Last night, after supervising our family evening meal 45 minutes earlier than is normal, I settled down in the study to watch the Irish Wolfhounds rugby match against England Saxons being played in Cork on Sky Sports 2.
In particular, I was keen to assess the progress of the latest ‘Great White Hope’ to attempt the switch from rugby league to rugby union – Sam Burgess, widely acknowledged as one of the greatest-ever exponents of the 13-man version of the game.
Hitherto – take in the round – it would seem to me that the success record of great league players going on to make the international grade and better in union languishes at less than 50%.
Perhaps the most exceptional example was Jason Robinson, a genius of a running back whose ‘Billy Whizz’ jinking feet would have made him world class in any rugby code in any era, and who played his part in England’s sole Rugby World Cup win in 2003.
Rugby league – which is deliberately designed to be fast, feisty and direct – naturally attracts great physical specimens and athletes. Generally-speaking, its exponents’ ball and tackling skills are uniformly outstanding and its running lines and tactics hugely creative.
In contrast, rugby union is both slower – its rhythms tend to ebb and flow – and its rules and tactical principles far more complex.
When the ball goes off the sidelines in league, the re-start is a simple ‘tap and go’ by the team now in possession of the ball – and when a scrum takes place, the packs simply engage and stand (there is no pushing) and the team in possession for the put-in automatically ‘wins’ the ball to continue play. The guiding principle is to get the game going again as swiftly as possible.
In union, however, both the line-outs following the ball crossing the sidelines and the scrums – to the frustration of many onlookers, it must be admitted – are deliberately contested, in the latter case via ‘a whole new ball game’ of baffling dark arts and collapses, resets, free kicks and penalties.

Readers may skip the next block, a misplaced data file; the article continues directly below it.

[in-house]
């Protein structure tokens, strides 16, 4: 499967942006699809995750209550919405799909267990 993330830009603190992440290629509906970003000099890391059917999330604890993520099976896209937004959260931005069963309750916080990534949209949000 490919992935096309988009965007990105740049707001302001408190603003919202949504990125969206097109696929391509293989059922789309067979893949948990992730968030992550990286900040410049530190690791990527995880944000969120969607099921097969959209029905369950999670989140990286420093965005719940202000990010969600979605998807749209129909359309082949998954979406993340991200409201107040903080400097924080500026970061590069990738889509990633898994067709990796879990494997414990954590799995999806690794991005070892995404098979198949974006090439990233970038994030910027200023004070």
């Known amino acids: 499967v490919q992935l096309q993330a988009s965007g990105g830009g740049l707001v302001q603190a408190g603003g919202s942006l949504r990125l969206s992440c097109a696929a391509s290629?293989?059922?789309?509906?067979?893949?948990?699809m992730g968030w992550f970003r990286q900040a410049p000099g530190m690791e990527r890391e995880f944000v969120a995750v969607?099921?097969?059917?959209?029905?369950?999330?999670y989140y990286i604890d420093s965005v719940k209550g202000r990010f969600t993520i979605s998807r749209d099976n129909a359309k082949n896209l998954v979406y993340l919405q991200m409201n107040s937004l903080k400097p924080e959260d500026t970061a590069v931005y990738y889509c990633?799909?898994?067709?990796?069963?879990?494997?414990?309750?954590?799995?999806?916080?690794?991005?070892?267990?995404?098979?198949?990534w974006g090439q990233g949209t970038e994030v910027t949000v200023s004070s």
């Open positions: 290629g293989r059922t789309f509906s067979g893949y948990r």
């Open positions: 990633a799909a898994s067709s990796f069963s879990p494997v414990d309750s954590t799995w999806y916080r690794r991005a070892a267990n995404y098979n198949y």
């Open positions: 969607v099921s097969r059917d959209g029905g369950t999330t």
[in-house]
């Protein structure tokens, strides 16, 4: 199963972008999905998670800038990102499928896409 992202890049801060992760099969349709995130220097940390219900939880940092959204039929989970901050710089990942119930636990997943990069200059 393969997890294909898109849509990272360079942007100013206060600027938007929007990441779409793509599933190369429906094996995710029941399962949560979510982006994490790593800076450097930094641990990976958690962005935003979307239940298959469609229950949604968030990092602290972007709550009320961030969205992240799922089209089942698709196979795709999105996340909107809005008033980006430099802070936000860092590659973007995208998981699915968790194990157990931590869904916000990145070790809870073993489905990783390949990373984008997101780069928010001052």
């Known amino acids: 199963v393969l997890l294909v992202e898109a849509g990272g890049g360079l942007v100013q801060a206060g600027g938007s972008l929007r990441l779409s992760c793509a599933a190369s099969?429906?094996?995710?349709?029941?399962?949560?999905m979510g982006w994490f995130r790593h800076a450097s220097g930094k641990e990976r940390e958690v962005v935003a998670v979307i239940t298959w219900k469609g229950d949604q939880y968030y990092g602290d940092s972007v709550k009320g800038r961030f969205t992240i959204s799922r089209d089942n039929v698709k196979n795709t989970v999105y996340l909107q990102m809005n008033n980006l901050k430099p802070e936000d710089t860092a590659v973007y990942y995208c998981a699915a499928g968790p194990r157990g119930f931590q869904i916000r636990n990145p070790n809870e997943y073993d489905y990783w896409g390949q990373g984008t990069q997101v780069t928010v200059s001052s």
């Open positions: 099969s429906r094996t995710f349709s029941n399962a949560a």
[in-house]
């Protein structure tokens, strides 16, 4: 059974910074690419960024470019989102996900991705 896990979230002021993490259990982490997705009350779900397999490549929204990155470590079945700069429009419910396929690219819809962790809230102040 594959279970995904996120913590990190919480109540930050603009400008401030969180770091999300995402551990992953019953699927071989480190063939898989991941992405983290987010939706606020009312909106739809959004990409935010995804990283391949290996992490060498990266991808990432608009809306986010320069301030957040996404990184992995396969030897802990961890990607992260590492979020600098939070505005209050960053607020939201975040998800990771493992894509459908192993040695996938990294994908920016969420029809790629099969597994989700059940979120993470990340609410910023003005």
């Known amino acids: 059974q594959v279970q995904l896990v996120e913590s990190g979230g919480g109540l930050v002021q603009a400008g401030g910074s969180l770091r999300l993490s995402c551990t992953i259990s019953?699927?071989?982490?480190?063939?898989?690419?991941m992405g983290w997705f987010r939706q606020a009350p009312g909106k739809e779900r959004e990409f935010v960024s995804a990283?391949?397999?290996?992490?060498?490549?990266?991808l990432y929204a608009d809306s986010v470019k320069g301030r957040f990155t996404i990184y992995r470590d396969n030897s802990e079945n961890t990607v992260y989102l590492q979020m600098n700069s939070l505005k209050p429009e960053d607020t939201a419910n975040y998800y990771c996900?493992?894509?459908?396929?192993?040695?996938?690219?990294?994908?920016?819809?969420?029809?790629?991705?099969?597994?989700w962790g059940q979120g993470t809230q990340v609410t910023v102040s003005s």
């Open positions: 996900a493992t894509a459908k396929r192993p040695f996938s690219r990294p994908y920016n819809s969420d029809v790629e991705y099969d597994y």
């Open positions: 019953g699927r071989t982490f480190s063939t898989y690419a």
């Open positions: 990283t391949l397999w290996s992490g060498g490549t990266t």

Former league players seeking to make their way in union can easily get frustrated. Used to fast action and frequent opportunities to get the ball, in union they have to get accustomed to spending five to ten minutes at a time without the ball coming anywhere near them.
It can be a tough old game, making the switch from league to union.
Only ten days ago, Sam Burgess – a big man at 6 foot 5 and 18 stone, in union capable of playing either in the back row or at centre – confessed that, even after 6 games of union, he hadn’t got a clue as to what happens at the line-out.
I’m not a cynic as regards league converts to union. Generally, I’m supportive of them. However, nobody should be under the illusion that the transition is easy.
Including last night’s game against Irish Wolfhounds, Sam Burgess has now played 7 or 8 games of union and I have watched perhaps 5 of them on television. Given his size, dynamism and outstanding ‘larger than life’ character, there are not a few coaches and fans – some of them in the England camp – who are hoping he can bring his exceptional skills to bear in the 15-man version of the game at some point, if not within the next six months and in time to play a part in the 2015 Rugby World Cup.
Based upon what I’ve seen so far I am afraid that the wilder hopes and expectations of England fans are misplaced and doomed to disappointment. Burgess spent most of last night bursting with energy and keenness to get involved but (at this early stage of his union development) is still way out of his depth.
There’s a small gap between having to consciously work out what you’re supposed to be doing next and doing it instinctively, but it’s a significant one. At international level, it’s a Grand Canyon-sized chasm. For those who have played rugby union from birth everything is instinctive.
However, for someone like Burgess, who began in league and – unlike Jason Robinson, isn’t lightning quick – finding space in the confined mayhem of a union midfield is a problem. Two or three times yesterday he received the ball and was immediately grounded by tackles. This isn’t how things happen in league, in which you get time – a fraction of a second, mind, but time – to get up a head of steam before ever meeting the opposition defensive line.
Furthermore, and it is only natural, whenever he gets the ball, he’s looking to make a personal impact, a mark, on the game and tries to do too much, or too much too quickly, and cocks it up.
The England player who caught my eye was the classy fly half Henry Slade, who’s been playing most of his rugby this term at 12 (inside centre) for Exeter Chiefs. In my view he should already be in the England full squad in place of either Danny Cipriani or Stephen Myler.